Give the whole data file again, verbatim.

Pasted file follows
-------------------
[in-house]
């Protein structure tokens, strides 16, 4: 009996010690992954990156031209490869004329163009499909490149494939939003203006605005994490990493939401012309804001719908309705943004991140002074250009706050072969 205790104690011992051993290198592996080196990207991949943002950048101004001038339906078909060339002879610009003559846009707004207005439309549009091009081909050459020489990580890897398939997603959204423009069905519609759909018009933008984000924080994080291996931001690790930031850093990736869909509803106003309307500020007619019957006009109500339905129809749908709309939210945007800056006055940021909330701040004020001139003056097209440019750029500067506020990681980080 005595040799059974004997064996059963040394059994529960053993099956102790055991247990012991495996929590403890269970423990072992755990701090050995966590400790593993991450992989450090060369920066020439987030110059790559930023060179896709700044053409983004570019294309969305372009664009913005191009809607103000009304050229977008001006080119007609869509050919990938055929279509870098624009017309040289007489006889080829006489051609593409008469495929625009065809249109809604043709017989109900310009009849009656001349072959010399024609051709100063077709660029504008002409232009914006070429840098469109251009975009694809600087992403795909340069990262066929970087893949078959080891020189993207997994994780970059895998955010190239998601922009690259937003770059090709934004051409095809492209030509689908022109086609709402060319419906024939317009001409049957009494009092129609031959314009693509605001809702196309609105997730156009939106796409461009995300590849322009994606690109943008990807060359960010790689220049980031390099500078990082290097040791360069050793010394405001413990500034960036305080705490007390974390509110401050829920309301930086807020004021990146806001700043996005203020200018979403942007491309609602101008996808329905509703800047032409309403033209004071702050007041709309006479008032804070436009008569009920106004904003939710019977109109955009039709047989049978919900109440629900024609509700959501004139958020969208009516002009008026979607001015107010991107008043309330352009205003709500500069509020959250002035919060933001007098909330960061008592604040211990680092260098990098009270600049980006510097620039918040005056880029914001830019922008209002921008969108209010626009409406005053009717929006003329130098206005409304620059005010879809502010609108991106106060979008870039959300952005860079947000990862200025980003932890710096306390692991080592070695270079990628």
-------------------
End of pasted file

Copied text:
[in-house]
């Protein structure tokens, strides 16, 4: 009996010690992954990156031209490869004329163009499909490149494939939003203006605005994490990493939401012309804001719908309705943004991140002074250009706050072969 205790104690011992051993290198592996080196990207991949943002950048101004001038339906078909060339002879610009003559846009707004207005439309549009091009081909050459020489990580890897398939997603959204423009069905519609759909018009933008984000924080994080291996931001690790930031850093990736869909509803106003309307500020007619019957006009109500339905129809749908709309939210945007800056006055940021909330701040004020001139003056097209440019750029500067506020990681980080 005595040799059974004997064996059963040394059994529960053993099956102790055991247990012991495996929590403890269970423990072992755990701090050995966590400790593993991450992989450090060369920066020439987030110059790559930023060179896709700044053409983004570019294309969305372009664009913005191009809607103000009304050229977008001006080119007609869509050919990938055929279509870098624009017309040289007489006889080829006489051609593409008469495929625009065809249109809604043709017989109900310009009849009656001349072959010399024609051709100063077709660029504008002409232009914006070429840098469109251009975009694809600087992403795909340069990262066929970087893949078959080891020189993207997994994780970059895998955010190239998601922009690259937003770059090709934004051409095809492209030509689908022109086609709402060319419906024939317009001409049957009494009092129609031959314009693509605001809702196309609105997730156009939106796409461009995300590849322009994606690109943008990807060359960010790689220049980031390099500078990082290097040791360069050793010394405001413990500034960036305080705490007390974390509110401050829920309301930086807020004021990146806001700043996005203020200018979403942007491309609602101008996808329905509703800047032409309403033209004071702050007041709309006479008032804070436009008569009920106004904003939710019977109109955009039709047989049978919900109440629900024609509700959501004139958020969208009516002009008026979607001015107010991107008043309330352009205003709500500069509020959250002035919060933001007098909330960061008592604040211990680092260098990098009270600049980006510097620039918040005056880029914001830019922008209002921008969108209010626009409406005053009717929006003329130098206005409304620059005010879809502010609108991106106060979008870039959300952005860079947000990862200025980003932890710096306390692991080592070695270079990628």